The Norway rat is the largest of the commensal (i.e., living in
close association with humans) rodents. The head and body are
seven to ten inches long and the tail is an additional six to
eight inches. It has a stocky body and weighs seven to 18 ounces.
The fur is coarse, shaggy, and brown with some black hairs. The
muzzle is blunt, eyes and ears are small, and the tail, which
is bi-colored, is shorter than the head and body combined. Norway
rat droppings are up to 3/4. inch long with blunt ends.
Rats are nocturnal. They are shy about new objects and very
cautious when things change in their environment and along their
established runs. Outdoors, Norway rats prefer to nest in burrows
in the soil, e.g., under sidewalks and concrete pads, stream/river
banks, railroad track beds, next to buildings, in low ground
cover, etc. The burrows typically have one main entry hole and
at least one escape hole. The rats easily enter buildings through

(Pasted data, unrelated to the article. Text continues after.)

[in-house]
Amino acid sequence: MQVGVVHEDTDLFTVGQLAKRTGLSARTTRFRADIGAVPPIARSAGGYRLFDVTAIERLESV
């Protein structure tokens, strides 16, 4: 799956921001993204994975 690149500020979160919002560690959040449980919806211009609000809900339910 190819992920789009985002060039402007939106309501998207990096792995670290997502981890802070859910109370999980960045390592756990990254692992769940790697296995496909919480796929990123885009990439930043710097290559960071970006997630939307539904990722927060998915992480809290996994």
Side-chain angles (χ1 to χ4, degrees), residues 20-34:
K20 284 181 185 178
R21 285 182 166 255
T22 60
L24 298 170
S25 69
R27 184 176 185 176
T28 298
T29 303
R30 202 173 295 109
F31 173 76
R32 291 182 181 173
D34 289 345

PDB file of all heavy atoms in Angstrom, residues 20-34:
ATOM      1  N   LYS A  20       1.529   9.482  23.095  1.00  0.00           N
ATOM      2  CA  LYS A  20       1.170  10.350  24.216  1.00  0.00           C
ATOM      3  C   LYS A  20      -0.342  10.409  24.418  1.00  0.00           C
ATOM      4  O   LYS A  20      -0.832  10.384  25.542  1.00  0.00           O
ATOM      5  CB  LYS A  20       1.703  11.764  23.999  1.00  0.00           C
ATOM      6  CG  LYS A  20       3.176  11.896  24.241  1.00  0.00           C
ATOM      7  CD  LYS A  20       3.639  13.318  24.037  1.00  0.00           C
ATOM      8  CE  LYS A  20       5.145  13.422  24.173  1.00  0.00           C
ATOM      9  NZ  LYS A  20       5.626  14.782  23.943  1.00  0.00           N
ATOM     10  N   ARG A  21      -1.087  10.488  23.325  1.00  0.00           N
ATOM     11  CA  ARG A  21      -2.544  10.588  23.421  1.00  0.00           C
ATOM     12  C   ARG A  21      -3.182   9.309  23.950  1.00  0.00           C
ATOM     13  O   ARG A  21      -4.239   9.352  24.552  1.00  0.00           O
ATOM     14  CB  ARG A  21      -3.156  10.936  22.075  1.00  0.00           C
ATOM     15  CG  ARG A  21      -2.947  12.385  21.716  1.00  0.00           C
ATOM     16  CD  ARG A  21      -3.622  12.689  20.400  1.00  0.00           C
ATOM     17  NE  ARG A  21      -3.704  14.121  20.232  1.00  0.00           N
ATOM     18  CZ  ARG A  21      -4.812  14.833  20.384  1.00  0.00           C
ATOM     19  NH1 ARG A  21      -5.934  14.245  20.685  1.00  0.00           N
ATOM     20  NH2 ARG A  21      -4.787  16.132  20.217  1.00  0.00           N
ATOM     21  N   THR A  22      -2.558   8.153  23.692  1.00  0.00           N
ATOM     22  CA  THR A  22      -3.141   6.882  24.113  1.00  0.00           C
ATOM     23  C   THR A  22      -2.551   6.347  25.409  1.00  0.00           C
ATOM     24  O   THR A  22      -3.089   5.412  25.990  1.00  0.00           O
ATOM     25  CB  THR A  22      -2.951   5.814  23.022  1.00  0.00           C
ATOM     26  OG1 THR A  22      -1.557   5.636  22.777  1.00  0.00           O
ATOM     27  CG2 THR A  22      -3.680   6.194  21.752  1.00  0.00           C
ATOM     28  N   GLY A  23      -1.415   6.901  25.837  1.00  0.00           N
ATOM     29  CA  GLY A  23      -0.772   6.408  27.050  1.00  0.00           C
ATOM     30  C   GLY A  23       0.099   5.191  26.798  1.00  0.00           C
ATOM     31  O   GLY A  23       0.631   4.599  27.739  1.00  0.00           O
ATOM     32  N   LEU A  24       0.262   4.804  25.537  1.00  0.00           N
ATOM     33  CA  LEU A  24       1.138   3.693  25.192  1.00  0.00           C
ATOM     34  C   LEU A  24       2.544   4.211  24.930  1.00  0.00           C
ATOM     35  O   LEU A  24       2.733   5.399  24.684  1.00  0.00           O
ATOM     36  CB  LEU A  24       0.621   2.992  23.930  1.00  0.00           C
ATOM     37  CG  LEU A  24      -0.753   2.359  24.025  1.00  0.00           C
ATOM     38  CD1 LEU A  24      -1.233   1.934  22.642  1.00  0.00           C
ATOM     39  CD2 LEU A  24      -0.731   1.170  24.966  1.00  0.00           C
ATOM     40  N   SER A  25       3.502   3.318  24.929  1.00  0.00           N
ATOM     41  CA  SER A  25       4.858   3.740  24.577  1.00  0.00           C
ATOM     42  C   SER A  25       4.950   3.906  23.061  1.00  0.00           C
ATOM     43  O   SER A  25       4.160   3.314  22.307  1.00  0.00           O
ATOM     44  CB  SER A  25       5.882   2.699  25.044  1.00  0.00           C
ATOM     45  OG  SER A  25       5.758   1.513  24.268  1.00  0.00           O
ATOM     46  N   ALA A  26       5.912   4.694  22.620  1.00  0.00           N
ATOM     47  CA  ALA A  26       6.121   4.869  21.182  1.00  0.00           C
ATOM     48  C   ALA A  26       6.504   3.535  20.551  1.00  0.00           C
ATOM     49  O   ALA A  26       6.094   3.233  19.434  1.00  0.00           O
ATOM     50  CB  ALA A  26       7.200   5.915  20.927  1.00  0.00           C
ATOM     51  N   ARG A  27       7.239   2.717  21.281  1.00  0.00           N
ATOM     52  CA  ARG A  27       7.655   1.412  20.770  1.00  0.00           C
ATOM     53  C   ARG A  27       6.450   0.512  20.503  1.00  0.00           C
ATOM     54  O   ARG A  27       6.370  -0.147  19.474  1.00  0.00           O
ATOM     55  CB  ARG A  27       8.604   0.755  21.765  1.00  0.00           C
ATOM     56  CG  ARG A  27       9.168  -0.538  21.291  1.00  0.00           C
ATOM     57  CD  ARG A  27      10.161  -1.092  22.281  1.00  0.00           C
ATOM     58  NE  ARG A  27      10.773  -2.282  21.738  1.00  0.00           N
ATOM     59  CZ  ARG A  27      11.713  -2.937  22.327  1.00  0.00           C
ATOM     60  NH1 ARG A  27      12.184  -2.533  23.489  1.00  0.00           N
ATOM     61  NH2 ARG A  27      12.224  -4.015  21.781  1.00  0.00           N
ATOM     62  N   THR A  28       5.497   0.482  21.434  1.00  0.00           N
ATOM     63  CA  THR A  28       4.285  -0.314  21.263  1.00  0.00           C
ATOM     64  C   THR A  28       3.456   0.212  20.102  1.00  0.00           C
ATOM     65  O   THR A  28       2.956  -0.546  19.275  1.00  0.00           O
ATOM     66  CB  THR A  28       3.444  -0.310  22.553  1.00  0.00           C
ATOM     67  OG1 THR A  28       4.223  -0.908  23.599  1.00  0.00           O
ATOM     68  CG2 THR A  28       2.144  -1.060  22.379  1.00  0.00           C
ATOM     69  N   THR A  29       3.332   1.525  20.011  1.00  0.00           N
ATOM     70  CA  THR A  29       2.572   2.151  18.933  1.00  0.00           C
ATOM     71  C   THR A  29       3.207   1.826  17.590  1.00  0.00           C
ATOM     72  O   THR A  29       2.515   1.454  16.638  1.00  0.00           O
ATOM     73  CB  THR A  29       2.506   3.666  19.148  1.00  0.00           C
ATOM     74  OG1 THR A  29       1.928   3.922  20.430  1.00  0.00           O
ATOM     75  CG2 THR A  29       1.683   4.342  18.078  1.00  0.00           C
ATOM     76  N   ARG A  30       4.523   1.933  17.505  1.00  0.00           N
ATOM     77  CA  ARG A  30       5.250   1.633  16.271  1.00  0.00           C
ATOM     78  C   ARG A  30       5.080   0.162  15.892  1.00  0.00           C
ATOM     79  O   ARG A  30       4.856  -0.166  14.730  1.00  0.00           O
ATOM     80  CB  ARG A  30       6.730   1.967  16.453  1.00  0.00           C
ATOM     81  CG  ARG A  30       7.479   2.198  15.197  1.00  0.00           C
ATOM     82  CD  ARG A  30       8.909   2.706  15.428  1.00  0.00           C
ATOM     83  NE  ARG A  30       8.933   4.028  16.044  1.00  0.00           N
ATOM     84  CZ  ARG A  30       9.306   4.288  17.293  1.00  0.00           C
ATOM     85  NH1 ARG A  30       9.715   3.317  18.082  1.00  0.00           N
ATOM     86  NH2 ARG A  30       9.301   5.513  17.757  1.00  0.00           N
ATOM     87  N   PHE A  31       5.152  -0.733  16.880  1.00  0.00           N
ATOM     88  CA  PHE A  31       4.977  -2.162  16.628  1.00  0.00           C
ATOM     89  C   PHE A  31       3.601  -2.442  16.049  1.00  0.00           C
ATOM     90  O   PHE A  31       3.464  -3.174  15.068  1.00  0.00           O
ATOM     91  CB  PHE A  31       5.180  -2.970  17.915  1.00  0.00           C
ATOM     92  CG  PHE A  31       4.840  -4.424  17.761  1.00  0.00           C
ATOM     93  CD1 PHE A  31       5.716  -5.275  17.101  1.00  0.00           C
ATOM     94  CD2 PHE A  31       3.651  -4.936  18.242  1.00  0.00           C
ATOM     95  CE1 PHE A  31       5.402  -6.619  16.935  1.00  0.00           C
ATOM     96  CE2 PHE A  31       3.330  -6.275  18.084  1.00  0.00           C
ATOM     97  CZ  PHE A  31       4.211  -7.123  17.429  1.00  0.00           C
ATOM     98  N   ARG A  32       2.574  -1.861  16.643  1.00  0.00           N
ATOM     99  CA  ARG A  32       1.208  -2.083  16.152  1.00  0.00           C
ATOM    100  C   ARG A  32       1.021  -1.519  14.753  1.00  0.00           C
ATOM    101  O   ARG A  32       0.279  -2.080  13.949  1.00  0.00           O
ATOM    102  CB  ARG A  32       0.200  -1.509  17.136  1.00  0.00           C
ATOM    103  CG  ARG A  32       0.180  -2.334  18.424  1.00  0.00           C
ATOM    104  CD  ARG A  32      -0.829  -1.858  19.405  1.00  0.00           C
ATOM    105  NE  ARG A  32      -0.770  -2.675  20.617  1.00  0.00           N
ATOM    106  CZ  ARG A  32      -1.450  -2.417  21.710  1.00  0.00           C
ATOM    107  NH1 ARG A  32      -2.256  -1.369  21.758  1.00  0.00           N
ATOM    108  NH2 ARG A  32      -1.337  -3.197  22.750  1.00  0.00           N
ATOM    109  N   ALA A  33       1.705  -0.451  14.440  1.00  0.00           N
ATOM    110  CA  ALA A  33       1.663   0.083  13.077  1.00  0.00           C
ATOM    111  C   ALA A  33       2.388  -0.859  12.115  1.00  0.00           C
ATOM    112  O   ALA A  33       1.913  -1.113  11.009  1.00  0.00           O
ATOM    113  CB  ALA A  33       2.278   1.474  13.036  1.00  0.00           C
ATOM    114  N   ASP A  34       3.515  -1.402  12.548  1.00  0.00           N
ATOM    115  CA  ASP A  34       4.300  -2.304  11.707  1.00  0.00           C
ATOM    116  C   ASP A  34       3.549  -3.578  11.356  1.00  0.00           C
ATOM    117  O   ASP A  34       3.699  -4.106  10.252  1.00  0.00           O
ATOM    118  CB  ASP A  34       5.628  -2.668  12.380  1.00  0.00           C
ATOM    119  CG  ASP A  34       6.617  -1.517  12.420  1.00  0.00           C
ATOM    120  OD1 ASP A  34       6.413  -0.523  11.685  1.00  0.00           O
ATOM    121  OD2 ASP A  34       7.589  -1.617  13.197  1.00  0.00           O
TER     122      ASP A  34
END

1/2-inch and larger gaps. In buildings they prefer to nest in
the lower levels of the building, e.g., crawlspace, basement,
loading dock and sewers. They prefer foods such as meat, fish,
and cereals and require a separate nonfood water source. Their
foraging range is 100 to 150 feet from their nest. Rats are
associated with various diseases and occasionally bite. Plague
is of little concern because it has not occurred in rats in
the United States for many years. However, leptospirosis is
vectored by rats, and, thus, is a disease of great concern.
This disease is acquired by eating food and drinking water which
are contaminated with infected rat urine. Rats also cause significant
structural damage and product destruction.